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Conflict of Interest Issues Related to Mayor' s Employment with the Minnesota Industrial Sand Council

Conflict of Interest Issues Related to Mayor' s Employment with the Minnesota Industrial Sand Council

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Published by Sally Jo Sorensen
The purpose of this memorandum is to provide legal advice on the question of
whether Red Wing Mayor Dennis Egan' s employment as the Executive Director of the

Minnesota Industrial Sand Council ( "Sand Council ") creates a conflict of interest in

violation of Minnesota law, the Red Wing City Charter, or any other applicable City

Mayor Egan' s work with the Sand Council appears to involve primarily lobbying

activities. It appears his lobbying activities will primarily address matters presented to

the Minnesota legislature. The Sand Council is a consortium of aggregate and trucking
companies with interest in the silica sand industry. At this time, we do not have facts

related to how Mayor Egan will be compensated for his work with the Sand Council.

Ultimately, it may be necessary to obtain a copy of his employment agreement.

Minimally, we need to sit down with him and discuss his duties and activities with the

Sand Council in detail.

While the City Council is actively discussing ongoing issues involving truck and
barge traffic related to silica sand mining operations, there are no frac sand facility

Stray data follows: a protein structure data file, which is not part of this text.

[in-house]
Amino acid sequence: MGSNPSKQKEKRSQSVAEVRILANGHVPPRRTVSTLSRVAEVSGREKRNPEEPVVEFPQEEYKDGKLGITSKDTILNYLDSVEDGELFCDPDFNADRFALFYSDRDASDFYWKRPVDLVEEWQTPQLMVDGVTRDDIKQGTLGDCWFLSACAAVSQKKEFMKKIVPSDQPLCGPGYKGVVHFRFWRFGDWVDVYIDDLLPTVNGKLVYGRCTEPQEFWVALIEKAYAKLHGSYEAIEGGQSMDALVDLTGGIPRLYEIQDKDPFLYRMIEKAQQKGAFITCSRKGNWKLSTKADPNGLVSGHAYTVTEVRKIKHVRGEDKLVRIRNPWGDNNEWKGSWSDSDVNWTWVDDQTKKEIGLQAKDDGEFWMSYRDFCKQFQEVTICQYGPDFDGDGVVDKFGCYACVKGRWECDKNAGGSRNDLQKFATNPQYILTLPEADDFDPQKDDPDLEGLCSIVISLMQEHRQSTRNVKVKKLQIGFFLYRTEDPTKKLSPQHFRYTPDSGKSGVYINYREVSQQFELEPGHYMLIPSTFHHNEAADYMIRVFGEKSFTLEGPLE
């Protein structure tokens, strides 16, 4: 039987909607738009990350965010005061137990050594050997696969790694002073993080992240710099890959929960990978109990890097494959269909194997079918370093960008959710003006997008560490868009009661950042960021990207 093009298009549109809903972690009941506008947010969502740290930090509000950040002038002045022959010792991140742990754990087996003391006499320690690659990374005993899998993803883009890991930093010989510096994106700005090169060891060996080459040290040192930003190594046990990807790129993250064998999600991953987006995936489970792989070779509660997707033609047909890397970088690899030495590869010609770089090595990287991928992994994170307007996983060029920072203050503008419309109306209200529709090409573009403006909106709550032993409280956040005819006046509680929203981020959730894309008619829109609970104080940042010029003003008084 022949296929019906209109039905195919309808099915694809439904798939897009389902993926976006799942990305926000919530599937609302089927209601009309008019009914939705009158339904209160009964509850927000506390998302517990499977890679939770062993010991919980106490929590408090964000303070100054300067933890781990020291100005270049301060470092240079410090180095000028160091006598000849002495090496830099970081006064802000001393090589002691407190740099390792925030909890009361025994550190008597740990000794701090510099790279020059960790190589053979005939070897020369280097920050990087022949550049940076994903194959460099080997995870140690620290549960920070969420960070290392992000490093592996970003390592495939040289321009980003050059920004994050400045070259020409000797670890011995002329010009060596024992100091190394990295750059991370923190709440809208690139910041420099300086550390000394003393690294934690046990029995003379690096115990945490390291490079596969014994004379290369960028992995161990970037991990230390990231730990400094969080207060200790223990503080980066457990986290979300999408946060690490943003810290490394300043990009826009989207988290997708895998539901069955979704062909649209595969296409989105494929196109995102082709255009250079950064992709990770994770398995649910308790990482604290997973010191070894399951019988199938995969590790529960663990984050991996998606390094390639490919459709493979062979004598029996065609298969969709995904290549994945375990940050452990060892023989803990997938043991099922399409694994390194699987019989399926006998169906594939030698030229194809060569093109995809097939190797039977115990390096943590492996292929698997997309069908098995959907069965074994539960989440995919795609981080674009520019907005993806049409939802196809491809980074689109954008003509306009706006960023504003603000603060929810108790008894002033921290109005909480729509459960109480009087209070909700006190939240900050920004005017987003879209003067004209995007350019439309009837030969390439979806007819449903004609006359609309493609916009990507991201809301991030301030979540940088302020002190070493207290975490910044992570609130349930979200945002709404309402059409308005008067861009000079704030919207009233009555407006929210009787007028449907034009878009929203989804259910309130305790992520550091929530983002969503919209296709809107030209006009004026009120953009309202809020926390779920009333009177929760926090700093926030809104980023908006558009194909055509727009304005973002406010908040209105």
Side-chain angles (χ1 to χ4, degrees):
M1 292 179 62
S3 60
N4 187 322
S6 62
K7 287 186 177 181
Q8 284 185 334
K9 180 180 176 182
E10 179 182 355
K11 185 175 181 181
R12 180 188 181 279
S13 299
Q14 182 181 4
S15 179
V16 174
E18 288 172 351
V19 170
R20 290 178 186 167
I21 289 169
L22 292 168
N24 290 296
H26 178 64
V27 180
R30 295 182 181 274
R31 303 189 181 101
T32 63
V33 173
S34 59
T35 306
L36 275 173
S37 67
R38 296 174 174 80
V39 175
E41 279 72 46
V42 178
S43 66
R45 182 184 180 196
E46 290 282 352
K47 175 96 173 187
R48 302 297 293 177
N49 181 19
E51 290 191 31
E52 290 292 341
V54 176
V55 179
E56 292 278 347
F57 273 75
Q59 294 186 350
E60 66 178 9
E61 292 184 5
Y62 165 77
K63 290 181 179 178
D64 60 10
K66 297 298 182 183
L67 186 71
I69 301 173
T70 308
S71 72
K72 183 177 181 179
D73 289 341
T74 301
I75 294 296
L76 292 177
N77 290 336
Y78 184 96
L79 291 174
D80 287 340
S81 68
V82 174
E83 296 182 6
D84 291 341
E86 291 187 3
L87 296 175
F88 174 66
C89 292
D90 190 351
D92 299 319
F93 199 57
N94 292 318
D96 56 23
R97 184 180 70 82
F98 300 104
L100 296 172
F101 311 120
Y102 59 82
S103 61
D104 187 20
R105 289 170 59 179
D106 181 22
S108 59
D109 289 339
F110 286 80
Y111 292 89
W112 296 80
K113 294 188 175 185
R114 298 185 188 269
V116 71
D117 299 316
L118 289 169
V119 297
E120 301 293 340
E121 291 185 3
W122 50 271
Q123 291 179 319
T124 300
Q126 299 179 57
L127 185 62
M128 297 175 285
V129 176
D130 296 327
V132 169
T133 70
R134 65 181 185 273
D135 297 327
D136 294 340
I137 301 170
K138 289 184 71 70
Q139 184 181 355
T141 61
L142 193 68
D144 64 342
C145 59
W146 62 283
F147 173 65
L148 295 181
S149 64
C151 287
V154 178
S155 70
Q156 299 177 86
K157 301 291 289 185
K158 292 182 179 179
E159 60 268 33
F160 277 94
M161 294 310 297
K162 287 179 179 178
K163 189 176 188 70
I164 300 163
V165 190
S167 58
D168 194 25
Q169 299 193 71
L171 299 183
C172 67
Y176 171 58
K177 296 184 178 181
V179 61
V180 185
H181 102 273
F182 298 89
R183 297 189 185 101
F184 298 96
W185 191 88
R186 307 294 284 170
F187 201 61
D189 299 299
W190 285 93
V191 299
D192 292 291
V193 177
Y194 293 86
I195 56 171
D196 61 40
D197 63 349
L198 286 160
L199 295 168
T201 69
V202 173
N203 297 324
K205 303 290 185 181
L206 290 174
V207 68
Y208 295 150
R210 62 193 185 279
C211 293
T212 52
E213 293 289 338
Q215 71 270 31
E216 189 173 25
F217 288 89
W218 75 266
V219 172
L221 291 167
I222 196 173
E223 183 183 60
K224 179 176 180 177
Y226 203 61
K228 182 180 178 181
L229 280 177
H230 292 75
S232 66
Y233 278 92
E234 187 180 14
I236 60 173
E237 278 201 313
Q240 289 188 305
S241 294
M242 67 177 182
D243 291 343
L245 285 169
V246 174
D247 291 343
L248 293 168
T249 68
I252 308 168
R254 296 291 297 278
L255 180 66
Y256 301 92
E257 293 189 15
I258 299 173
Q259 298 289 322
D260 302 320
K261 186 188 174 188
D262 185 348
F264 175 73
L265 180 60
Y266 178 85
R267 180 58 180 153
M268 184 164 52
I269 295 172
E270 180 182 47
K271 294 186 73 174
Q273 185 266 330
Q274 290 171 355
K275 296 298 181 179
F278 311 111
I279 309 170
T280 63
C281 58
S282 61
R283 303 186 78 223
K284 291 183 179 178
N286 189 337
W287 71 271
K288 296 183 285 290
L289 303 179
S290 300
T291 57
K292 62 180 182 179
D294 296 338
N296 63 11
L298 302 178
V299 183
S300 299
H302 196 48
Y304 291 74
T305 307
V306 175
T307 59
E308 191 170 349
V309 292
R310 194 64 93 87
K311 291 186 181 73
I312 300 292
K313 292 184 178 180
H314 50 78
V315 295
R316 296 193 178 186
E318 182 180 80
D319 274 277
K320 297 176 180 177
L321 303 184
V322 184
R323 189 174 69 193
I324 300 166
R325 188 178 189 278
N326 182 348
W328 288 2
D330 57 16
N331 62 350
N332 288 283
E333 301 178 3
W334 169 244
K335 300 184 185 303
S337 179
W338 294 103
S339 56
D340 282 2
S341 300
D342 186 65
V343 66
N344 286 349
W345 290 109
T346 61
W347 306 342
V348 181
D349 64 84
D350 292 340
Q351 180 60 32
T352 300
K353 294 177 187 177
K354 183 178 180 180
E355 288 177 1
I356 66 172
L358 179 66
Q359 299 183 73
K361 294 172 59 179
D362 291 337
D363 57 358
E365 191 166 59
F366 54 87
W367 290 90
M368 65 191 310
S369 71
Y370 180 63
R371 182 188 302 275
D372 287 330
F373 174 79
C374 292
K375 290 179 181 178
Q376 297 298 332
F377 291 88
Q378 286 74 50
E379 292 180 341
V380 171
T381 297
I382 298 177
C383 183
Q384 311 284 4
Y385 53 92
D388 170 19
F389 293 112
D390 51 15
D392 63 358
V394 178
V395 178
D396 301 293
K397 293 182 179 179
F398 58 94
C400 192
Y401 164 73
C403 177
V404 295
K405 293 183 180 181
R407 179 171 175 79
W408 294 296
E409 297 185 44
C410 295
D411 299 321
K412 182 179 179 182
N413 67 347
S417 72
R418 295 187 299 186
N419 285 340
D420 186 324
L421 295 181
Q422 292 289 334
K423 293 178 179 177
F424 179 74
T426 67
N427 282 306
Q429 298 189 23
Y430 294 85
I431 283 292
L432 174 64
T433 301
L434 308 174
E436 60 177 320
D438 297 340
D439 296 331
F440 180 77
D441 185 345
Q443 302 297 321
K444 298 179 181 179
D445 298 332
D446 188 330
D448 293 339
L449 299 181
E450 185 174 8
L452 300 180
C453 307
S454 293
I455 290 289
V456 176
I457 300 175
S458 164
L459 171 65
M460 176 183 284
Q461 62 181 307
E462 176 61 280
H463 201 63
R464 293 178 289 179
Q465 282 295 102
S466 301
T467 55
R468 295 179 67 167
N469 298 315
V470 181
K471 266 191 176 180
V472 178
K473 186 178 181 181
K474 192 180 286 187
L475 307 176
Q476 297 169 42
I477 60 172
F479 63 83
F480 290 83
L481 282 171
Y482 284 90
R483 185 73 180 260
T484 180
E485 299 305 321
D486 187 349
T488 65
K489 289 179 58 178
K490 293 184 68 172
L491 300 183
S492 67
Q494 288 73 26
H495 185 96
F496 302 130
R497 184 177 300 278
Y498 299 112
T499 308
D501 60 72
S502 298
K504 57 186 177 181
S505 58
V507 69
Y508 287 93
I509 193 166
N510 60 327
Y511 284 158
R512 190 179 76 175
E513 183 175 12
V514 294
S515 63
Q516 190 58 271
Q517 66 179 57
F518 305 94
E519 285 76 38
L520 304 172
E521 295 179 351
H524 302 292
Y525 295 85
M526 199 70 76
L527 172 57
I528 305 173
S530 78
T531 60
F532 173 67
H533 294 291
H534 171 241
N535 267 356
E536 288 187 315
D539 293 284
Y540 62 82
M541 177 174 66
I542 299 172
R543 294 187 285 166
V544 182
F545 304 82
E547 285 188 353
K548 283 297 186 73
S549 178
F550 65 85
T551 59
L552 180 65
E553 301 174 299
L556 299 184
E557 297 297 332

applications currently pending before the City. Late last fall, the City Council took action
to address zoning issues related to silica sand mining and adopted a comprehensive Frac

Ordinance.

As discussed in detail below, there does not appear to be a conflict of interest at

the present time. Instead, the issue is primarily a public relations matter at this point.
The purpose of this memorandum is to provide legal advice on the question of
whether Red Wing Mayor Dennis Egan' s employment as the Executive Director of the

Minnesota Industrial Sand Council ( "Sand Council ") creates a conflict of interest in

violation of Minnesota law, the Red Wing City Charter, or any other applicable City

Mayor Egan' s work with the Sand Council appears to involve primarily lobbying

activities. It appears his lobbying activities will primarily address matters presented to

the Minnesota legislature. The Sand Council is a consortium of aggregate and trucking
companies with interest in the silica sand industry. At this time, we do not have facts

related to how Mayor Egan will be compensated for his work with the Sand Council.

Ultimately, it may be necessary to obtain a copy of his employment agreement.

Minimally, we need to sit down with him and discuss his duties and activities with the

Sand Council in detail.

While the City Council is actively discussing ongoing issues involving truck and
barge traffic related to silica sand mining operations, there are no frac sand facility

applications currently pending before the City. Late last fall, the City Council took action
to address zoning issues related to silica sand mining and adopted a comprehensive Frac

Ordinance.

As discussed in detail below, there does not appear to be a conflict of interest at

the present time. Instead, the issue is primarily a public relations matter at this point.

More info:

Published by: Sally Jo Sorensen on Feb 13, 2013
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02/14/2013

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CONFIDENTIAL
ATTORNEY -
CLIENT
COMMUNICATION
MEMORANDUM
To:
Members
of
the
Red
Wing
City
Council
Kay
Kuhlmann,
Council
Administrator
From:
Jay
T.
Squires
John
P.
Edison
Re:
Conflict
of
Interest
Issues
Related
to
Mayor'
s
Employment
with
the
Minnesota
Industrial